In new construction—and occasionally in very major remodeling jobs—homeowners are faced with the choice of standard room framing on the ground level rooms, or opening the ceiling up all the way through to the sloped roofline. This style of architecture is known as a vaulted ceiling or cathedral ceiling, and for a time it was all the rage.
Many people once considered a vaulted ceiling to be the ultimate in home luxury, but now opinions are strongly divided on this construction style, with many homeowners, builders, architects, real estate professionals, and designers expressing outright hatred for vaulted ceilings, while others continue to champion the style. There is almost no other element of home design that earn this kind of strong polarized opinion. So is a vaulted ceiling right for you?
Vaulted Ceiling Cost
A vaulted ceiling in new construction is no more complicated than standard framing, although it does require special roof trusses, which are usually built off-site. It is more expensive, though. The basic framing construction cost can increase by 5 to 20 percent in a home with a large 20 x 20-foot great room with a vaulted ceiling.
When it comes to finishing the home, there can be some modest cost savings to a vaulted ceiling, since a smaller second-story will require less finish material to complete it. Because the second story has less floor space, it requires less flooring, less trim molding, etc.
But if you want to create a vaulted ceiling where none existed, it can add a lot of cost to the cost of a major remodeling project. Such a conversion requires input from a structural engineer and architect to identify the load-bearing walls and determine if (and how) portions of the overhead ceiling can be removed to open the space up to the roofline. This is conceivably possible, but it is an expensive process, adding as much as $18,000 to $25,000 to the cost of a major remodeling project.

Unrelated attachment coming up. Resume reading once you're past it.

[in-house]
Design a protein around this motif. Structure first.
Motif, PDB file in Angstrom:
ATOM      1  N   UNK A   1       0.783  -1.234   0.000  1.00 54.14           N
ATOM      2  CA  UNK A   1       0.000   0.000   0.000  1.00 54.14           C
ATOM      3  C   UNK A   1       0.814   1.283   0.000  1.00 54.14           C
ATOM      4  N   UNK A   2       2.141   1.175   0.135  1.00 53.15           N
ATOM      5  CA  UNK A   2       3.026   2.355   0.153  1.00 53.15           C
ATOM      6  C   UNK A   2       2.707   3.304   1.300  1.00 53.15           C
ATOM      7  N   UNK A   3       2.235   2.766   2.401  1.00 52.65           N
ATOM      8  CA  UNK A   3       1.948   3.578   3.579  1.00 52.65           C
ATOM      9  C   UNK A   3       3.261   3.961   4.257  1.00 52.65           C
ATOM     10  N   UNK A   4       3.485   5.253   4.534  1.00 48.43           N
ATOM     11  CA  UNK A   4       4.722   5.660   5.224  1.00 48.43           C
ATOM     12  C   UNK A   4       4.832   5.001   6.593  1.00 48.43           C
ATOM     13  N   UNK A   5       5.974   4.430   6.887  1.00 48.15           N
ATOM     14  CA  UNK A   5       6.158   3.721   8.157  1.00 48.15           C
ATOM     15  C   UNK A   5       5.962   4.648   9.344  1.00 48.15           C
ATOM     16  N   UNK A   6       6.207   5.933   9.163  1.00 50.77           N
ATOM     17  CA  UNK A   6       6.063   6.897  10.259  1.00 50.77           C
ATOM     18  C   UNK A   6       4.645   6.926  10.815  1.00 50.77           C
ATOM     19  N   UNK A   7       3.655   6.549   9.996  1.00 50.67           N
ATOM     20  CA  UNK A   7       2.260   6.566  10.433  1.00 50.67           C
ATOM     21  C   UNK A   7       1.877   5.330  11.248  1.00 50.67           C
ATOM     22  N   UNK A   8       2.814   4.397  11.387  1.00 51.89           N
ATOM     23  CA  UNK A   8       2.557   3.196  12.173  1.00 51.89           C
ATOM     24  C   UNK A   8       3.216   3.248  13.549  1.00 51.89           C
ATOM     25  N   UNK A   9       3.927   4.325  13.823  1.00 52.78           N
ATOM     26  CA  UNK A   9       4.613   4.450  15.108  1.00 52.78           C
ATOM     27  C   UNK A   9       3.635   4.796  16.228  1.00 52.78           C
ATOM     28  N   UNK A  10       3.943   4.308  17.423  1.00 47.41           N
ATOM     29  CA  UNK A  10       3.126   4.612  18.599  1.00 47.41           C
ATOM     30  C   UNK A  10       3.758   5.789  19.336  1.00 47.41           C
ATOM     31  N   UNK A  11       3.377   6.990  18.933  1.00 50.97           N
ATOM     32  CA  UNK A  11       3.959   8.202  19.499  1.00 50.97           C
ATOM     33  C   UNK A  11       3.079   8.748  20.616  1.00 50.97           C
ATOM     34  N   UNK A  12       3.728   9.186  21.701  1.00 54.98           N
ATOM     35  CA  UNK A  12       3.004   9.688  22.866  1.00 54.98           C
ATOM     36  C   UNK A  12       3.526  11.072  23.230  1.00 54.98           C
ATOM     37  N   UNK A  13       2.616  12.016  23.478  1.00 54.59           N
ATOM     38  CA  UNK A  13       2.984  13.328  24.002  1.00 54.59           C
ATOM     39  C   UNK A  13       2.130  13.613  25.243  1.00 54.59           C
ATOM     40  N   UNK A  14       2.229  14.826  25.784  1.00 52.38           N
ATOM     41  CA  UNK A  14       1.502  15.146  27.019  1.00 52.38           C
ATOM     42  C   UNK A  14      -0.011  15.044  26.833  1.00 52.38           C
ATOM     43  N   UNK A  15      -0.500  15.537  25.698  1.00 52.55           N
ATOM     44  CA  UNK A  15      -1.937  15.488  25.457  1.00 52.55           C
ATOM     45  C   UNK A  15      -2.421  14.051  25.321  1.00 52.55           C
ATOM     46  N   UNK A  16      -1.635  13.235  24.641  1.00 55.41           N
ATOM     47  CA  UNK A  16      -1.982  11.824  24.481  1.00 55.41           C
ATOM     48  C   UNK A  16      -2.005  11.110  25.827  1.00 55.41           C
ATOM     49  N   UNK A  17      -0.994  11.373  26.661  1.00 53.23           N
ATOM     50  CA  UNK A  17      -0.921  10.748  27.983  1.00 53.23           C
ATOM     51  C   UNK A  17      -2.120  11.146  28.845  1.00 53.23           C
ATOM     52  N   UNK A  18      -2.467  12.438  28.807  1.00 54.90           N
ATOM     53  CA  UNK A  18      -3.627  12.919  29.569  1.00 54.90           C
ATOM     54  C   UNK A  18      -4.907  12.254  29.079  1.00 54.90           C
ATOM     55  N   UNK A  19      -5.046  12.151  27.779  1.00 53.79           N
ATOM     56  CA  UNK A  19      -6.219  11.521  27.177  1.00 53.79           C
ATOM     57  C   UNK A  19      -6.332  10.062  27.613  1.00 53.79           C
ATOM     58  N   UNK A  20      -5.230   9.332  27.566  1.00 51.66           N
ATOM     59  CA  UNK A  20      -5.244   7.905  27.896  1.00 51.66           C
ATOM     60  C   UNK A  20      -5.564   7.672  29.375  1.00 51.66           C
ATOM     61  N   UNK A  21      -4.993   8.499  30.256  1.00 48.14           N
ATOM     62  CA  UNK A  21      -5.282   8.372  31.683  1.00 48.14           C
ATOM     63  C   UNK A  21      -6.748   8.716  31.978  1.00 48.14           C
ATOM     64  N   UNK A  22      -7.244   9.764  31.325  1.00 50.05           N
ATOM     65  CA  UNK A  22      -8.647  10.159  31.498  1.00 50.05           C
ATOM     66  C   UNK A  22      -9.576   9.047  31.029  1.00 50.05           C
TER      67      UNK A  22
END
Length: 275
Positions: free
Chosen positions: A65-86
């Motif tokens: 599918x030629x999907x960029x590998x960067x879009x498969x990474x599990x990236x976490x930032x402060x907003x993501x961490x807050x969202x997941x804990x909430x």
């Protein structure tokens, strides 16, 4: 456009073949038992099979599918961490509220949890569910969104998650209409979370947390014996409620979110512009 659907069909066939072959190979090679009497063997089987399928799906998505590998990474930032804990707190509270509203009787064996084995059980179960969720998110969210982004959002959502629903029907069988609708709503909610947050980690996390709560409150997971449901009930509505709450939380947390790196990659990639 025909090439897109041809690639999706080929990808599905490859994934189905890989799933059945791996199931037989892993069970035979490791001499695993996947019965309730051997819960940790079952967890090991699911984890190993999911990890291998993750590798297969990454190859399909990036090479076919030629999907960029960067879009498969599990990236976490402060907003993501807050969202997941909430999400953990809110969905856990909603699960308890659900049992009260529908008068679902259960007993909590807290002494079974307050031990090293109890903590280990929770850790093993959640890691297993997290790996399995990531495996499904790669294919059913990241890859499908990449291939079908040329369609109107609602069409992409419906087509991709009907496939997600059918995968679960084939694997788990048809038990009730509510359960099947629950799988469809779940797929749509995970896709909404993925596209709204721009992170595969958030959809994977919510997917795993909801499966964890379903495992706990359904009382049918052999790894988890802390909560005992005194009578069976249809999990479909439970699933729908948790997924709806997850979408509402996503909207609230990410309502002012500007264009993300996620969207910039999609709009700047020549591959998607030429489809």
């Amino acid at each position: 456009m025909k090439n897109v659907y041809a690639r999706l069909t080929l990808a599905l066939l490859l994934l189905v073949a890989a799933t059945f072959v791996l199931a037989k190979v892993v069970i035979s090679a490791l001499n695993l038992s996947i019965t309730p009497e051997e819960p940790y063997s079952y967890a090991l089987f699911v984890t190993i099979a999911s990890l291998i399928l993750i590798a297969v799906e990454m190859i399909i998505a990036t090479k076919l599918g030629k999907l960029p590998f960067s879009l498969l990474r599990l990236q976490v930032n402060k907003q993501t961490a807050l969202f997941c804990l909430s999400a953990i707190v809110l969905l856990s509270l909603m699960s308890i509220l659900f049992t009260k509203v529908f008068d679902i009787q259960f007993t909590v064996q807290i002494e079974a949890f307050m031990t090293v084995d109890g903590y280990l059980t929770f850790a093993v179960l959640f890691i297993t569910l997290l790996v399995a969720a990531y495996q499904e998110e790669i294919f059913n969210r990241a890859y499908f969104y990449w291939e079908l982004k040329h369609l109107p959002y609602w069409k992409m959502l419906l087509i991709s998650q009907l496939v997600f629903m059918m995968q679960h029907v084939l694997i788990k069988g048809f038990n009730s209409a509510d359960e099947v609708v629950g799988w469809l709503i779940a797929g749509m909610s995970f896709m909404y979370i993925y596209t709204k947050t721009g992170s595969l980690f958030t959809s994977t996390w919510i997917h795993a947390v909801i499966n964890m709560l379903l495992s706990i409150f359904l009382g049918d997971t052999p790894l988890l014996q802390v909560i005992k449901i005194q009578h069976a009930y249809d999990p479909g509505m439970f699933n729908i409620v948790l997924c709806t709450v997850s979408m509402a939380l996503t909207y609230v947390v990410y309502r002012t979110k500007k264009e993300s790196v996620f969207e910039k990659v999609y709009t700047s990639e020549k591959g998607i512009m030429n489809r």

Creating a vaulted ceiling is far beyond the skill level of most DIYers. This is a project that requires you to bring in the pros.
Maintenance and Repair
The single biggest drawback of a vaulted ceiling becomes evident when you ask yourself how you will paint clean and paint the ceiling, or how you will change lightbulbs or repair light fixtures that may soar 20 or 30 feet over your head. DIYers soon find that vaulted ceilings offer lots of challenges.
There certainly are design benefits to a vaulted ceiling. They give a room far more space, though it should be noted that this is something of an illusion since this space is by no means useable. And vaulted ceilings do indeed make a room brighter, especially when the roof is fitted with skylights or roof windows. By contrast, an open-concept "great room" built with ceilings only 8 or 9 feet high can feel tight, dark, and airless. The appearance of vaulted ceilings can be greatly improved by building in wood beams that span across the open overhead space. Such beams can offer a good place to mounted directed light fixtures.
Some designers argue that the time for vaulted ceilings has passed, and that the style now makes a home seem dated. Many people hate vaulted ceilings because they view them as a relic of an earlier, excessive period and a vestige of the 1980s and early 1990s. However, vaulted ceilings were also found in other periods, and homes built in these styles can look very good with vaulted ceilings.